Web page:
Novant Health  health care system is the first organization in the U.S. to be granted a Part 107 waiver by the U.S. Federal Aviation Administration (FAA) to use drones for distribution of medical supplies for COVID-19 pandemic response.

Plans call for starting operations with contactless, distribution of personal protective equipment (PPE) and other medical supplies to Novant Health’s medical campuses. The service is a partnership with Zipline International Inc., the world’s only on-demand drone logistics service.

Over the next two years, the partnership plans to expand beyond emergency operations in the Charlotte area to regular commercial operations, subject to approval under FAA Part 135 rules, to serve health facilities and, ultimately, patients’ homes across the state. Novant Health and Zipline’s partnership seeks to create a next-generation model for health system logistics leveraging contactless drone deliveries.

Novant Health began test flights in late May and the first drops were made to Novant Health Huntersville Medical Center as authorized by the FAA. The battery-powered drones take off and land from an emergency distribution center near the Novant Health Logistics Center in Kannapolis, North Carolina on land on the Stewart-Haas Racing campus, which donated use of the land.

Initially, Novant Health has been authorized to move medical supplies by drone between the hangar and a drop zone near Novant Health Huntersville Medical Center. The flights between Kannapolis and Huntersville range from 20 to 30 miles round trip, and Novant Health expects to expand operations to other medical center campuses.

“Novant Health has long been on the forefront of leveraging technology to enhance how health care is delivered to our patients,” said Angela Yochem, Novant Health executive vice president and chief digital and technology officer. “The COVID-19 pandemic has tasked us with being even more nimble and innovative in how we solve for complex challenges. Fast-tracking our medical drone delivery capability is just one example of how we’re pioneering in an industry notoriously resistant to change. We are very grateful to the FAA and North Carolina’s DOT for their help to expedite the process during this unprecedented time. ”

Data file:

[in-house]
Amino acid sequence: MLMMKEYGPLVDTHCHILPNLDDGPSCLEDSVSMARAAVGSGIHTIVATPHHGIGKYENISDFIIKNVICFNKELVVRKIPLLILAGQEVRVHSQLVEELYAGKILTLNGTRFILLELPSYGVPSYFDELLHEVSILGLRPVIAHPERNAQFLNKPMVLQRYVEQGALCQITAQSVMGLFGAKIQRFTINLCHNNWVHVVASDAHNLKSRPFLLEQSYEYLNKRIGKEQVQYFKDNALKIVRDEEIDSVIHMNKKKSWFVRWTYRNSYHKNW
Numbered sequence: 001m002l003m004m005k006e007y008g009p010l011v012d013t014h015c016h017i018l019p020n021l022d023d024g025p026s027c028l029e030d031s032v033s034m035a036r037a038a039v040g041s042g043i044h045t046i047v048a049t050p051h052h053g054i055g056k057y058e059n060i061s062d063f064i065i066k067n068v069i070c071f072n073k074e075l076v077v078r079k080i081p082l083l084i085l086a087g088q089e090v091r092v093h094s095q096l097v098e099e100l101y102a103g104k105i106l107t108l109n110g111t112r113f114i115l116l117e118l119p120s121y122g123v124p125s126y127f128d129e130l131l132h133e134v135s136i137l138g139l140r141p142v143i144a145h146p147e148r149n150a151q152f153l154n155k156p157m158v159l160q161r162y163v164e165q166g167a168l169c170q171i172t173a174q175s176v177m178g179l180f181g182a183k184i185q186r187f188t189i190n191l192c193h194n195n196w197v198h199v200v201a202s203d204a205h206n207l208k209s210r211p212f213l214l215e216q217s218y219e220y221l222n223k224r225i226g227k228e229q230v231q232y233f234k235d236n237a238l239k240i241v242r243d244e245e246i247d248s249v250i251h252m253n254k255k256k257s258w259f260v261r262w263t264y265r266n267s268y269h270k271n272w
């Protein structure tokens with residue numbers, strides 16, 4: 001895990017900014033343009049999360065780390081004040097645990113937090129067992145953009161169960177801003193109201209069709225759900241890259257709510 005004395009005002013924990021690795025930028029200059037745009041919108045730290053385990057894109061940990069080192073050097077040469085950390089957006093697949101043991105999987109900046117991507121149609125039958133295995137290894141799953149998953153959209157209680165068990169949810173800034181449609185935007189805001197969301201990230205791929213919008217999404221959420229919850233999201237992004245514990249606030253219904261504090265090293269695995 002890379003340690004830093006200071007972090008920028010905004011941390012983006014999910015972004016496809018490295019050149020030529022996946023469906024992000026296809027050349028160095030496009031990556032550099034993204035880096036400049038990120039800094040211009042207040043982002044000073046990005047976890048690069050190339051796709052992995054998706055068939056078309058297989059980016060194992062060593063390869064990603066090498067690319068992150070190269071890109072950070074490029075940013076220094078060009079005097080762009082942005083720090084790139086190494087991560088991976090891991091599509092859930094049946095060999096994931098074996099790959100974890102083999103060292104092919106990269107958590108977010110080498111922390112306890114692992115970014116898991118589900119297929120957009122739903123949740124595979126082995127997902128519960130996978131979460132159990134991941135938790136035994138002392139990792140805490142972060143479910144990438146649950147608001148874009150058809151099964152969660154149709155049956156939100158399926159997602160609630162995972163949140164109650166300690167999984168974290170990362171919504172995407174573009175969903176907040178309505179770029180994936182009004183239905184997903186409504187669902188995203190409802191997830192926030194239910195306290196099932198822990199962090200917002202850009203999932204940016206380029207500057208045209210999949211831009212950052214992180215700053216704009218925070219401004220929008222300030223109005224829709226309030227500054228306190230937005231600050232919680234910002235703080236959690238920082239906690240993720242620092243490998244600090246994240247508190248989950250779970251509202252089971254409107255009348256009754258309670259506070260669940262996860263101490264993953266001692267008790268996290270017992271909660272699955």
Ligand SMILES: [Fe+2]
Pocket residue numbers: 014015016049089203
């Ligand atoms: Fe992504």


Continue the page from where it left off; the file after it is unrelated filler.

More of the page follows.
With additional FAA approval, Novant Health and Zipline will expand their partnership and move medical supplies from the Novant Health Logistics Center to more than 30 Novant Health facilities.

Zipline drones can travel 100 miles round trip, fly autonomously and can carry close to four pounds of cargo. The drones can reach speeds of up to 80 miles an hour, even in high winds and rain. The drone descends to a safe height and drops its package by parachute to a designated landing spot.

A package weighing up to four pounds is loaded, and drops via parachute

Initially, the drones will distribute protective equipment such as masks, gowns, and gloves. However, the logistics service is positioned to adapt quickly to the evolving COVID-19 pandemic and may potentially help with testing, drug trials, and vaccine distribution.

The operation in North Carolina is possible through the support of the FAA’s Unmanned Aircraft System Integration Pilot Program and the leadership of the North Carolina Department of Transportation (NCDOT).

This is groundbreaking approval to operate drone flights in airspace normally restricted to commercial, manned aircraft. Zipline’s drones have flown more than 2 million miles, made tens of thousands of on-demand medical deliveries to patients in need in multiple countries around the world.

In 2018, Zipline began working with the U.S. Department of Defense — both in the United States and Australia — to demonstrate how its technology could help transform emergency medicine and critical care during health crises like the COVID-19 outbreak, war, as well as humanitarian and disaster relief scenarios.

Source: Press Release

UAV DACH: Beitrag im Original auf https://www.uasvision.com/2020/05/29/zipline-and-novant-health-start-drone-operations-in-north-carolina/, mit freundlicher Genehmigung von UAS Vision automatisch importiert. Der Beitrag gibt nicht unbedingt die Meinung oder Position des UAV DACH e.V. wieder. Das Original ist in englischer Sprache.